It seems that the actual weather is stubbornly refusing to comply with the flood assessment carried out for Hart Council as part of its evidence base for the Local Plan. The sustainability assessment claimed:

There was some evidence of wet ground at the far east of SHL183, but “no other obvious evidence of current or past flooding”.

Winchfield Strategic Assessment - Flood Risk 1

The detailed assessment also said there’s only a one in 30 year chance of surface water flooding.

Winchfield Strategic Assessment - Flood Risk 3

Taplins Farm Lane and Bagwell Lane are in the middle of the proposed Shapley Heath development. The proposal to spend £150-650K of taxpayer funds does not include any work to assess or mitigate flood risk.

Shapley Heath work-plan doesn’t look at flood risk

Let us hope for a more sensible approach prevails. We are working on a revision to the Hart Local Plan. These will mean we avoid a new settlement anywhere in Hart, and won’t need large urban extensions either to at least 2041. Plus we get improved facilities in our urban centres.

 

 

 

Grazeley Garden Town makes Shapley Heath irrelevant

Grazeley Garden Town Masterplan Scenario 1 - 15,000 homes

Grazeley Garden Town Masterplan – 15,000 homes

Amongst all of the noise about Shapley Heath it is easy to overlook the work going on in neighbouring areas. A consortium of West Berkshire and Wokingham councils have received £750,000 to explore the Grazeley Garden Town.

It is proposed to develop 15,000 new houses on land surrounding Grazeley village. This site lies just to the south of the M4 and west of the A33, adjacent to AWE Burghfield. The councils have already carried out a master-planning exercise. The plans include a new railway station, primary and secondary schools, employment buildings and outdoor space. Incidentally, this master-plan work looks far higher quality than anything so far produced for Winchfield New Town/Shapley Heath.

The press release from Wokingham Council says the development will require £750m of infrastructure spending for 15,000 houses. This equates to £50,000 per house. Interestingly, the master-plan evaluated 5,000, 10,000 and 15,000 house schemes. Only the 15,000 house scenario produced a viable outcome.  The viability assessment for Shapley Heath included only £164m of infrastructure funding for 5,300 houses or only £31,000 per house. Grazeley is proposing around 61% more spending per dwelling than Shapley Heath. It seems Hart Council’s claims of massive infrastructure spending for Shapley Heath are just a pipe-dream.

The Grazeley site is close to the northern boundary of Hart District. Of course the extra traffic from extra 15,000 houses on our doorstep will have a big impact on our district. But the bigger question is, why do we need Shapley Heath Garden Village, if there is to be a much bigger new town just a few miles away?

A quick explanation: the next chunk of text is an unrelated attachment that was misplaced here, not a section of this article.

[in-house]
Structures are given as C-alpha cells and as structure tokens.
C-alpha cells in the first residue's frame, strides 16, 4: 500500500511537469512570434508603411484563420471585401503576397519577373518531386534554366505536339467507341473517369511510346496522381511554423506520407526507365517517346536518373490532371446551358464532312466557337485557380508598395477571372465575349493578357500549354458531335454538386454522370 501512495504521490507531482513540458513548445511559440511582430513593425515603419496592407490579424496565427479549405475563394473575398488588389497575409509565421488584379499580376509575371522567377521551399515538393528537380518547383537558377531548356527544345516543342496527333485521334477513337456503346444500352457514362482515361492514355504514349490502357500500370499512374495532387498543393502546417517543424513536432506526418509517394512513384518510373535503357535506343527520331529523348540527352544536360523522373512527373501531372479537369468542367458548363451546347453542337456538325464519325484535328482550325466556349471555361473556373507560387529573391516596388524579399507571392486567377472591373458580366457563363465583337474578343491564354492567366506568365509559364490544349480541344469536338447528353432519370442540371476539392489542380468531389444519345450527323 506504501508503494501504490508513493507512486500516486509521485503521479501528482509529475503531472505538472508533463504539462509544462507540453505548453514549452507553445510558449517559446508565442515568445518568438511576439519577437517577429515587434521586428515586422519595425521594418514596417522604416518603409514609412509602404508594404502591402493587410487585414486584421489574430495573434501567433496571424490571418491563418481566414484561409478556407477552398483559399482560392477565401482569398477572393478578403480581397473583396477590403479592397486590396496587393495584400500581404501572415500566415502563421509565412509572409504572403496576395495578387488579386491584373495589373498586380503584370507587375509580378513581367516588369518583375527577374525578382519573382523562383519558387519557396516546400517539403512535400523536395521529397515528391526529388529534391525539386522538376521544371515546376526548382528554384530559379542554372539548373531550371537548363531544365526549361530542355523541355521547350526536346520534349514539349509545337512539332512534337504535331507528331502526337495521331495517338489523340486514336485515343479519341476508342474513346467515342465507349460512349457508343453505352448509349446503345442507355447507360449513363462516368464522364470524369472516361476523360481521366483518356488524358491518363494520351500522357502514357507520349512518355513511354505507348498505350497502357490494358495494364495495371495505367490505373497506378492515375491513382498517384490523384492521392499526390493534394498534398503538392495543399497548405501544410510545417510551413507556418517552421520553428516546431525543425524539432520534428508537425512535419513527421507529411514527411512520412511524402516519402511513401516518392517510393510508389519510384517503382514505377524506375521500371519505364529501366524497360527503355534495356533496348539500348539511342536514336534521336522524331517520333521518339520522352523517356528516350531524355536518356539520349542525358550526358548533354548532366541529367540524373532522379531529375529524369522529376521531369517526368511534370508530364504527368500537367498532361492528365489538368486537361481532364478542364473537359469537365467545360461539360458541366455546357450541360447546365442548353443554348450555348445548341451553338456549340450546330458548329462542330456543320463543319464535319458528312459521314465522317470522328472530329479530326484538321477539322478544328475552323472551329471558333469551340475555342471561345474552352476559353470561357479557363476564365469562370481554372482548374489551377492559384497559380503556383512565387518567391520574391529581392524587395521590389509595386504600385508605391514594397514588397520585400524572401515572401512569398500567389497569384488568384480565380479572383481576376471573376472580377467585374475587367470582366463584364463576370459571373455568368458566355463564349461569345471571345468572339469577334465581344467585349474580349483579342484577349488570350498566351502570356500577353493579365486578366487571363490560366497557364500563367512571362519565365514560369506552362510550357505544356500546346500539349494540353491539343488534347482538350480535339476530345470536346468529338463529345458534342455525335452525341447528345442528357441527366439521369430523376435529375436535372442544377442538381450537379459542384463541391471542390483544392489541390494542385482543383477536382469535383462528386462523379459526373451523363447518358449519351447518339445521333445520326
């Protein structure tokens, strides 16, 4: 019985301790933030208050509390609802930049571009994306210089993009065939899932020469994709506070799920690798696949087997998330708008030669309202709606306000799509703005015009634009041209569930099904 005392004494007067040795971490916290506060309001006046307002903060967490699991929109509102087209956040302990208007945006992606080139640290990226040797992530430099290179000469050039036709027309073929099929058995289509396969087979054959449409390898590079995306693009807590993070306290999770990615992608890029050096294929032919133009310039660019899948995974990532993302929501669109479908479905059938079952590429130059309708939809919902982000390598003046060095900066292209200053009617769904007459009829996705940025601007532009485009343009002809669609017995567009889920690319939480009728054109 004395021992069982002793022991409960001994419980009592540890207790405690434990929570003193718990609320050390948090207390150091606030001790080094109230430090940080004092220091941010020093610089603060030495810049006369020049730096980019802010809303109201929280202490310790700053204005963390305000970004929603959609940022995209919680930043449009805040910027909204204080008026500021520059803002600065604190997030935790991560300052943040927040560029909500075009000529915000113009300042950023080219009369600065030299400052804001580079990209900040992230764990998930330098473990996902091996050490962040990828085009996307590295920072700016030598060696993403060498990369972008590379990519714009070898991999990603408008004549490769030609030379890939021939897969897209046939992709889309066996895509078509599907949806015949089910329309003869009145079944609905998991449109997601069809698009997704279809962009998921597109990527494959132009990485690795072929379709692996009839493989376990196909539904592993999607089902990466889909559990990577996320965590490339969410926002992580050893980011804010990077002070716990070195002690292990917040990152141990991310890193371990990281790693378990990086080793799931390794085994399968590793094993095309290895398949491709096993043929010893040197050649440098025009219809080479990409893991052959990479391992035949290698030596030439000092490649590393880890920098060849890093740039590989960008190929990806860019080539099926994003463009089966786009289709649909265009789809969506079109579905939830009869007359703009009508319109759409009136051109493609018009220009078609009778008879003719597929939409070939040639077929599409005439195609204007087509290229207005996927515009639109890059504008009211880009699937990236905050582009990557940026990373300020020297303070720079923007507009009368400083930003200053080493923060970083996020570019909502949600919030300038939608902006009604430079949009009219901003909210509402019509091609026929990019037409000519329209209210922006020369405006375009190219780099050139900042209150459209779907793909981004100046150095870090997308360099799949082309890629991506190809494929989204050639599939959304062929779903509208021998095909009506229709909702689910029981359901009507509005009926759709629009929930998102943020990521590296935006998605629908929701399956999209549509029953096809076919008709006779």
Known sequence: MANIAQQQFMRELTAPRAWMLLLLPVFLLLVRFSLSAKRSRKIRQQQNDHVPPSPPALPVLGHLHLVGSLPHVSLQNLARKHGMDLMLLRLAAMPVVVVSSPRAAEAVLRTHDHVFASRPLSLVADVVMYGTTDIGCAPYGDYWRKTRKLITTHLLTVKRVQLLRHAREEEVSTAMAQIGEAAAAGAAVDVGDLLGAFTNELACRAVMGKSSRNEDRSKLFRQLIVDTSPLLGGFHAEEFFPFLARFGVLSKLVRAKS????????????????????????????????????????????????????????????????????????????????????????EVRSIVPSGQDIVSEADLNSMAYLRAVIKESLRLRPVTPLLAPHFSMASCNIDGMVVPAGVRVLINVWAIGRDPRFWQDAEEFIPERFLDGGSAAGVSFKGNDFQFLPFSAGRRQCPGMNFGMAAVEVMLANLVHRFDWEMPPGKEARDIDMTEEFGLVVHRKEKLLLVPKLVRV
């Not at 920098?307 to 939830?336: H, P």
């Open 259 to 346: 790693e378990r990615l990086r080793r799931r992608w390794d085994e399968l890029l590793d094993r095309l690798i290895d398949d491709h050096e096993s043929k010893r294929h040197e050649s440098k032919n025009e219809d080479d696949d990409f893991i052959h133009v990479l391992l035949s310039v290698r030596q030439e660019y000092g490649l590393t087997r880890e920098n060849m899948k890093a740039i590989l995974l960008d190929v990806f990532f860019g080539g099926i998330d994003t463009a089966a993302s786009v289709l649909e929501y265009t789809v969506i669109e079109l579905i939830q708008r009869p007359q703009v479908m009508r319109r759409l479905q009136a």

[Update] Consultation on Grazeley Garden Town planned for February as part of the Wokingham Local Plan [/Update]

Surely Grazeley makes Shapley Heath completely irrelevant?

The full Grazeley Garden Town master-plan document can be downloaded from the button below.

Grazeley Garden Town Masterplan

This is another of our posts showing:

  • What is Shapley Heath, explaining its location and scale?
  • All the reasons why Shapley Heath Garden Village is a bad idea
  • An outline of an alternative approach to long term planning in Hart

The master page containing all of these posts can be found here. A link is also provided in the navigation at the top of the page.  Please do keep an eye out for further updates and share them with your friends.

 

Shapley Heath increases housing target

Stop Shapley Heath

Shapley Heath increases housing target

Building Shapley Heath will increases Hart’s housing target. This is quite a complex argument, but please bear with us. First let’s dispel some myths.

The CCH/Lib Dem coalition claim that Hart’s housing target is bound to increase, so we must plan for Shapley Heath. But nothing could be further from the truth.

The Hart Local Plan is being examined under the old SHMA method, plus we have been asked to build 731 extra houses for Surrey Heath. This results in an average 423 dwellings per annum (dpa) over the plan period to 2032 (see main modification 19). The SHMA is the Strategic Housing Market Assessment, where the councils concerned pay consultants to make up numbers about our housing need. If we had been assessed under the new standard method, the housing need for Hart would have been 282 dpa.

In various documents Hart has suggested it will pursue an early review of the Local Plan once adopted. This early review will be carried out using the standard method. According to the latest ONS projections, this will see our annual average requirement fall to around 251 dpa for the period 2020-2041.

Hart District Build Requirements under various scenarios

Hart District Build Requirements under various scenarios

Moreover, Surrey Heath will be examined under the standard method. They have already ‘promised’ to build 4,901 houses on their own patch in the plan period 2016-2032 (see Objective A on page 13) . Under the standard method, their requirement will fall to 3,720. They already have more than enough sites identified to meet this need. It is likely that there will be no need for Hart to take any extra for Surrey Heath.

In summary, all the evidence points to Hart’s housing need falling, not increasing. Having dispelled the Lib Dem/CCH myth, let’s have a look at the impact of their proposals. In fact, building Shapley Heath will bake in over-building for decades to come.

Shapley Heath Garden Village impact on housing need

In recent years, we have built at a faster rate than is required by the Local Plan. This is the result of ‘planning by appeal’, where we have had a number of large developments forced upon us. This is forecast to continue out to around 2023. The Shapley Heath housing trajectory submitted to the Government adds to the build rate, starting in 2023.

Nightmare in Winchfield - Shapley Heath Winchfield New Town Housing trajectory

Shapley Heath/Winchfield New Town Housing trajectory